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February 23, 2003

Devices help deaf, blind enjoy movies

From: Times Picayune, LA - 23 Feb 2003

By Jane Pic

There have been great strides in developing technology that allows people with vision and hearing impairments to enjoy a night out at the movies, and local audiences are benefiting from it.

One system is the Rear Window Captioning System, co-developed by Rufus Butler Seder of Boston and WGBH, the Boston public broadcasting station. The second system is Descriptive Video Service, or DVS, Theatrical, which allows blind and visually impaired moviegoers to hear descriptive narration on headsets without disturbing other members of the audience. Digital Theater Systems of Agoura Hills, Calif., worked with WGBH to bring these technologies to conventional movie theaters.

Together, these innovative technologies are known as Motion Picture Access or MoPix.

Several theater circuits and chains have begun installing these technologies in the United States and Canada. Locally the MoPix systems are available in the Entergy IMAX Theatre at the Aquarium of the Americas; AMC Elmwood 20, Theater No. 1, in Harahan; and the AMC Palace 12, Theater No. 1, in Clearview Shopping Center, Metairie.

An outstanding array of films are currently in theaters. Movies showing with Rear Window Captioning and DVS are: "Daredevil," "Catch Me if You Can," "The Lion King/IMAX," "Star Wars: Attack of the Clones: The IMAX Experience," and "Harry Potter and the Chamber of Secrets."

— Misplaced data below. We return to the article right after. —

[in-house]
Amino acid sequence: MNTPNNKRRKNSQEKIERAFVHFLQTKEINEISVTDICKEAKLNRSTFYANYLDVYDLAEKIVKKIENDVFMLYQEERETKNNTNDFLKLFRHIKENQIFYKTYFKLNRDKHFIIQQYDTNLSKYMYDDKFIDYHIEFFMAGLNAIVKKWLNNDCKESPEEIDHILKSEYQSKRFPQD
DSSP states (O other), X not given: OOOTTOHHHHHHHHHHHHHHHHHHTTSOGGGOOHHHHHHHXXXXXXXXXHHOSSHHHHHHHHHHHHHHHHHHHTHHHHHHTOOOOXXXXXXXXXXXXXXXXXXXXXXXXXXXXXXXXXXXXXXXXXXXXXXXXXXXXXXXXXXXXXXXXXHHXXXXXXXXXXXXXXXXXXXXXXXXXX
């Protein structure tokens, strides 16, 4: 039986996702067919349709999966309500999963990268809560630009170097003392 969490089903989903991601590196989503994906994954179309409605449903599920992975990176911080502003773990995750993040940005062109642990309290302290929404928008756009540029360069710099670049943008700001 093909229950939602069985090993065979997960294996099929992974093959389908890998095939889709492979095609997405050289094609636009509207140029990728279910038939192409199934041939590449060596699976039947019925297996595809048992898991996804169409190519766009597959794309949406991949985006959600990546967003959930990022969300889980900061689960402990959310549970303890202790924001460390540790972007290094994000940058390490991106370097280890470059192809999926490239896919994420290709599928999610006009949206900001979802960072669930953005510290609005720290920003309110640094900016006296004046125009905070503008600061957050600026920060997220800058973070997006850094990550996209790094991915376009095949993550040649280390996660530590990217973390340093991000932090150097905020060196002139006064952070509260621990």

Movies showing with Rear Window Captioning only are: "The Jungle Book 2," "Chicago," "Biker Boyz," "Darkness Falls," and "Adaptation."

WGBH has been a pioneer in the development of closed captions and descriptive narration that allow individuals with vision and hearing impairments to enjoy TV, video, and movie presentations.

Nearly 30 years ago, the radio station revolutionized television and video for people who are deaf or hard-of-hearing by providing program dialogue as text or "captions" on the lower third of the television screen. Realizing the need was as great for people who are blind or visually impaired, WGBH then worked to develop a technological tool to enable access to visual images.

The result was the introduction, in 1990, of DVS, which provides narrated descriptions of key visual elements during pauses in the soundtrack of a program.

Together, the two technologies give about 36 million people the ability to independently enjoy television programming .

WGBH then began researching captioning and description in movie theaters to enable independent access to films. With Rear Window Captioning, the system displays reversed captions on display that is mounted in the rear of a theater. Hearing-impaired patrons use a transparent acrylic panel attached to their seats to reflect the captions so that they appear superimposed on the movie screen. The panels are portable and adjustable, so the caption user can sit anywhere in the theater.

For information about using these systems at the movies or the IMAX, call the theaters AMC Elmwood 20, 733-2029; AMC Palace 12, 887-1257; and IMAX, 581-4629).

To learn more about the technologies and to look up other movie theater locations around the United States, check the Web site

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Jane Pic, mother of a daughter with Down Syndrome, writes about issues of interest to people with disabilities. Write her at P.O. Box 9062, Metairie, LA 70055 or send e-mail to

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